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Billiards at Half-past Nine by Heinrich…
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Billiards at Half-past Nine (1959)

by Heinrich Böll

Other authors: See the other authors section.

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1,0481812,124 (3.84)77
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» See also 77 mentions

English (14)  Dutch (2)  Italian (1)  German (1)  All languages (18)
Showing 1-5 of 14 (next | show all)
I did not like the book. I couldn't get into the story: too many different voices that constsntly made me guess who's 'talking', too much wide-spread trains of thougt and too many pages to describe one day combined with a history of 3 generations in 1 family, portaying pist-war Germany. This all made me hesitant to read on, and that made it take ages before I finished the book.

Maybe, if I ever lay hands on the Dutch edition, I'll give that one a try. ( )
  BoekenTrol71 | Aug 23, 2017 |
This was an interesting novel to pick up a few days after finishing Cat and Mouse by Günter Grass. There are a lot of parallels in the prose of Grass and Böll. Both feature narrators who are less than reliable, there is a complex chronology in both, and both cover the period of WW2 and/or its aftermath from a Germanic perspective.

But Böll’s work is definitely the more complex in terms of its storytelling if not its imagery. Set over three generations of architects and told from the perspective of over 10 narrators, it’s the kind of novel that you have to just relax into and go with the ebb and flow backwards and forwards between the First World War and 1958.

It wasn’t the kind of book that you come away with having learned something desperately new. I found it quite complex, and, like Cat and Mouse, I wasn’t entirely sure I’d got the point of what Böll was trying to say. There are some obvious bits about regret and skeletons in the family closet, but those are pretty obviously going to be part of any German novel that looks at the world wars it began.

There are characters who I’d like to have seen fleshed out even more and their interaction made more of: Nettlinger, who attempts to confront Faehmel early on in the book, for example. And I wonder if it’s a sign of the times that it was written in, when the scars of war were still suppurating in the German psyche, that the rise of Nazism and its adherents is not stated except in metaphorical terms.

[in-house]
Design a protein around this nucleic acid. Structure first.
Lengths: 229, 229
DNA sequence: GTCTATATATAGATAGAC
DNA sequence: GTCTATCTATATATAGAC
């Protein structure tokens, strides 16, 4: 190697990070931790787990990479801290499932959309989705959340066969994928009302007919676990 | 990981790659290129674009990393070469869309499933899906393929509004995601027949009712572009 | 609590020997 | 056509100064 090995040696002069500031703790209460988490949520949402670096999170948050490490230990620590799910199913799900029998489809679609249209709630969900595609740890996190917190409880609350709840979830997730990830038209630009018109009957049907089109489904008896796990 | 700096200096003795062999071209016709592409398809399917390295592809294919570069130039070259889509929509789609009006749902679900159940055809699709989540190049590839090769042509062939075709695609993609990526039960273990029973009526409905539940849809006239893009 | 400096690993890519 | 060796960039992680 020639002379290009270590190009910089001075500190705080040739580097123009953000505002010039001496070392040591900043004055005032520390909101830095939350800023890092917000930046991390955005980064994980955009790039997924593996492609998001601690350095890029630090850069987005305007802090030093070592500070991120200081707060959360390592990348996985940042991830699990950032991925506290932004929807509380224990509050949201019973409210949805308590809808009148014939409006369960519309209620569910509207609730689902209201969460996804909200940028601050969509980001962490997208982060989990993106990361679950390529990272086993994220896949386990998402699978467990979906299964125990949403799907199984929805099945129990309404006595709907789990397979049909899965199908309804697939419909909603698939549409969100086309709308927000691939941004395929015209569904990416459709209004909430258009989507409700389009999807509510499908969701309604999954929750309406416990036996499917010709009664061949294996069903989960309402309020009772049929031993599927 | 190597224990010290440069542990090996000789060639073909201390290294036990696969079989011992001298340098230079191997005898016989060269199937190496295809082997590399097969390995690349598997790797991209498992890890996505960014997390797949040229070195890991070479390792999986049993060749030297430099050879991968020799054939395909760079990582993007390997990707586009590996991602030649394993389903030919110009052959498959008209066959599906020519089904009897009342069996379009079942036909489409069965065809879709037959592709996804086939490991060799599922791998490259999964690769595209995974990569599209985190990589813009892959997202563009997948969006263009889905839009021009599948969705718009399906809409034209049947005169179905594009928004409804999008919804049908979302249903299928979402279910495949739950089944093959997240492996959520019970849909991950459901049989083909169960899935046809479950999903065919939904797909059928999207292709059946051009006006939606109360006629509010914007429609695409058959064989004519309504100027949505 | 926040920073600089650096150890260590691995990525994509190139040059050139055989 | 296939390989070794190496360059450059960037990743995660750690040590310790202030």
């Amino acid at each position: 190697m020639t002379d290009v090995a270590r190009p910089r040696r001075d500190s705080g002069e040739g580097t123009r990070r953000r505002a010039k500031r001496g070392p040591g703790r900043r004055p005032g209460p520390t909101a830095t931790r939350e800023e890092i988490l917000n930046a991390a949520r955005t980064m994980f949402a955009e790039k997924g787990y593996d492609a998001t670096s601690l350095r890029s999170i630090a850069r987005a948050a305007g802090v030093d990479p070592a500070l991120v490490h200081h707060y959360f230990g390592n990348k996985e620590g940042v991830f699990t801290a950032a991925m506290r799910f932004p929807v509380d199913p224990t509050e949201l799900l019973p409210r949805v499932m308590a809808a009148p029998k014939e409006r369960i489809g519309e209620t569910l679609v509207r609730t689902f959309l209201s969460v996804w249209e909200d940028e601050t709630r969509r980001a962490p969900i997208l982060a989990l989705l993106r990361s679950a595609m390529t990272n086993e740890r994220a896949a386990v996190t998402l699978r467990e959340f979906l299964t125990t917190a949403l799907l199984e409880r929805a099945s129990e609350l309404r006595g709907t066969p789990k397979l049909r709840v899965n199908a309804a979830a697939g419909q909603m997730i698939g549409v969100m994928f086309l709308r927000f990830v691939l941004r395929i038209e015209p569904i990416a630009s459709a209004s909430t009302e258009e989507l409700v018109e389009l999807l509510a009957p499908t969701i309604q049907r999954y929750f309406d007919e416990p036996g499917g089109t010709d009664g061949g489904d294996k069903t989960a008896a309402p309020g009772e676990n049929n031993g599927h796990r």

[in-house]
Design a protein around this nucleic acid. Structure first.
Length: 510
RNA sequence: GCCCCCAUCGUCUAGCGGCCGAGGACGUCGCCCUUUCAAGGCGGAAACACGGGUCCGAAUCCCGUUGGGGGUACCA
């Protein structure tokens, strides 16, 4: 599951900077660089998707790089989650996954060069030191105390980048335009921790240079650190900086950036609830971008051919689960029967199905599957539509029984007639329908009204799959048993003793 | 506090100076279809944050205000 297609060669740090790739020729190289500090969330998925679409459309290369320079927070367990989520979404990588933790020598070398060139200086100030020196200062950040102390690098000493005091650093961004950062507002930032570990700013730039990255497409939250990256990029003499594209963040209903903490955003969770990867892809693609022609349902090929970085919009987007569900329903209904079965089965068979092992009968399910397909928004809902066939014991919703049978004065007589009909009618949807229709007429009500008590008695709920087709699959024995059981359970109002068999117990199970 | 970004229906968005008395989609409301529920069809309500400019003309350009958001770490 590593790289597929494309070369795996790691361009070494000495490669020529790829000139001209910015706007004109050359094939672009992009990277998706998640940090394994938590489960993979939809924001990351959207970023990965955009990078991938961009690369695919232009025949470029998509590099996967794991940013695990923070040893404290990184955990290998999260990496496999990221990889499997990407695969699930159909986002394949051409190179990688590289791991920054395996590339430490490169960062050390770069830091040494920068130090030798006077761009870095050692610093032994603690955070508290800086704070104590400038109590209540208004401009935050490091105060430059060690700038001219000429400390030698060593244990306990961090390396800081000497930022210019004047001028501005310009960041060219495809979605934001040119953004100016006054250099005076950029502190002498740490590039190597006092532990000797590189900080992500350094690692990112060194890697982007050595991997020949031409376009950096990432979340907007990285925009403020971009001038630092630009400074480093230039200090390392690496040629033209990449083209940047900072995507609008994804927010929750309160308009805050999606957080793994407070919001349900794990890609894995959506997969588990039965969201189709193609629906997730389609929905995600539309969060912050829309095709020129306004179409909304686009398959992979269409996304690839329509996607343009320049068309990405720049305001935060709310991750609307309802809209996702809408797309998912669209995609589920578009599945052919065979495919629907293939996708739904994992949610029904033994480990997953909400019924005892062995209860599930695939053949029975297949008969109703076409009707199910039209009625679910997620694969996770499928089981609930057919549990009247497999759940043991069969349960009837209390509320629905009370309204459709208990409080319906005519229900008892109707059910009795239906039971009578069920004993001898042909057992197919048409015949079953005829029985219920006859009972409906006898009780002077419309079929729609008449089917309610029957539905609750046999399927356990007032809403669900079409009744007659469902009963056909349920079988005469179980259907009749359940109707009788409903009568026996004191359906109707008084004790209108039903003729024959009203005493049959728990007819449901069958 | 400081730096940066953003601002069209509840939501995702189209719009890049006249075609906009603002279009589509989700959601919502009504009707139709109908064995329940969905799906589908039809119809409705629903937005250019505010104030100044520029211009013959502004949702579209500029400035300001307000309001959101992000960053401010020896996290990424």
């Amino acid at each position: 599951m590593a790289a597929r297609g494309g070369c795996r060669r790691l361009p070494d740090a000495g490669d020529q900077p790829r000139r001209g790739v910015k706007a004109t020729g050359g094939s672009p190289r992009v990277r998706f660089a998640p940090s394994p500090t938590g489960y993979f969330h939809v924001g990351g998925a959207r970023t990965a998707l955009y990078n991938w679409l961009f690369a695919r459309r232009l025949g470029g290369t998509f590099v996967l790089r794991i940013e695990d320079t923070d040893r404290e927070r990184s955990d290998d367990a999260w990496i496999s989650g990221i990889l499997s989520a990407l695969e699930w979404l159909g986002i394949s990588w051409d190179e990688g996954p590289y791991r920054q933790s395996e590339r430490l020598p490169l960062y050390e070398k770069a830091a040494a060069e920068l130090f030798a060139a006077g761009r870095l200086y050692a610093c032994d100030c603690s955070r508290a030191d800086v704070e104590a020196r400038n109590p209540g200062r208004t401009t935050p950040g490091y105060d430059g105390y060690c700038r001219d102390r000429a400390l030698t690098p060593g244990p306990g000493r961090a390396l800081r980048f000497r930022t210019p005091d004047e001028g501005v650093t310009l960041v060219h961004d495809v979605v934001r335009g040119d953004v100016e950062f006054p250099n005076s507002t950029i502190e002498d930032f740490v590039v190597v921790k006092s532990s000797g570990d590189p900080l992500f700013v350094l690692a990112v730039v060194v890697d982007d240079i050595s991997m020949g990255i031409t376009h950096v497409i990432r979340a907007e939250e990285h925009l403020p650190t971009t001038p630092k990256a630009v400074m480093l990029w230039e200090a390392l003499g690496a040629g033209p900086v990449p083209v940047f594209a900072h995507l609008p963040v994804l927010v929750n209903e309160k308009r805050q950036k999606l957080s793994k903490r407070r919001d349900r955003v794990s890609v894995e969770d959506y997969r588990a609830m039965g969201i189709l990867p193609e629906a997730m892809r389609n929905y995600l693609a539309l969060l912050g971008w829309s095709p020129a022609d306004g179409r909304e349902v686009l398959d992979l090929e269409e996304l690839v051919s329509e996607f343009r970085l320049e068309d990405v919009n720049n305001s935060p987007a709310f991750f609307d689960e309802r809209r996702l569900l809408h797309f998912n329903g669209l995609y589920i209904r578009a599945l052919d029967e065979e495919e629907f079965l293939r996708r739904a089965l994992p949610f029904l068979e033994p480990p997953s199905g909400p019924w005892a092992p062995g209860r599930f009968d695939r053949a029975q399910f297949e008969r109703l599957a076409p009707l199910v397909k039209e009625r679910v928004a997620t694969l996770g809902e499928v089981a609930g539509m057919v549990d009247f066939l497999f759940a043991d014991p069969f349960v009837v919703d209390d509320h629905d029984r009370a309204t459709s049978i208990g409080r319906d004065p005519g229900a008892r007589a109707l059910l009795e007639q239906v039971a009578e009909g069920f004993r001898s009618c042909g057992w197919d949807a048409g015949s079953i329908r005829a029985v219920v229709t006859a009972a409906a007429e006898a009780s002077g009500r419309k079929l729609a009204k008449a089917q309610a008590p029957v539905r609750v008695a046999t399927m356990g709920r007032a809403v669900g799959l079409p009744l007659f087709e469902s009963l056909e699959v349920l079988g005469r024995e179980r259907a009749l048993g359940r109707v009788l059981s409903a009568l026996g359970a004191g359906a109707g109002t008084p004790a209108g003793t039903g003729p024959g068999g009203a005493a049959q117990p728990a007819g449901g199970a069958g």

Instead, we’re told of those who have “tasted of the Buffalo Sacrament” and those “of the lamb.” This duality sets the majority, the power holders and the oppressors against those who become their victims. While it’s obvious that the former stand for the Nazis, by not stating this explicitly, Böll is able to construct a novel whose characters could be any society in any era of history. In doing so, I think he is making a statement about how human society works, rather than just saying that the problems that gave rise to the Nazis were confined to one period in history. I think this is very wise.

The novel is therefore important, both as a product of its time but also, more significantly, because Böll is able to transcend this and write something that humanity should hear for centuries to come. ( )
3 vote arukiyomi | Sep 17, 2016 |
A complex story, which I found difficult at first but slowly it grew on me. Left me with a rather depressing view of humanity. ( )
  Cat-Lib | Jul 3, 2016 |
This is an excellent book to read in order to get a good sense of the German zeitgeist in the aftermath of World War II. It is a complex novel with the narration changing from chapter to chapter by different family members, work colleagues and friends of the family. There are also flashbacks and memories of different places and times. This novel is sometimes compared to Ulysses as it takes place on one day, September 6, 1958. There are strong religious overtones throughout the novel. The words 'Nazi' and 'Hitler' never appear in the text although their presence is felt. I recommend this book to anyone interested in history of Germany after the wars.
( )
  EadieB | Jan 19, 2016 |
3.5 stars ( )
  JenPrim | Jan 15, 2016 |
Showing 1-5 of 14 (next | show all)
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» Add other authors (66 possible)

Author nameRoleType of authorWork?Status
Böll, Heinrichprimary authorall editionsconfirmed
Bowles, PatrickTranslatorsecondary authorsome editionsconfirmed
Marianelli, MarianelloTranslatorsecondary authorsome editionsconfirmed
Plas, Michel van derTranslatorsecondary authorsome editionsconfirmed
Vennewitz, LeilaTranslatorsecondary authorsome editionsconfirmed
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This morning, for the first time ever, Faehmel was curt with her, almost rude.
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Lehrjungen, Lastwagen, Nonnen: Leben auf der Straße.
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(Click to show. Warning: May contain spoilers.)
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Heinrich B?oll's well-known opposition to fascism and war informs this moving story of a single day in the life of traumatized soldier Robert Faehmel, scion of a family of successful Cologne architects, as he struggles to return to ordinary life after the Second World War. An encounter with a war-time nemesis, now a power in the reconstruction of Germany, forces him to confront private memories and the wounds of Germanys defeat in the two World Wars.… (more)

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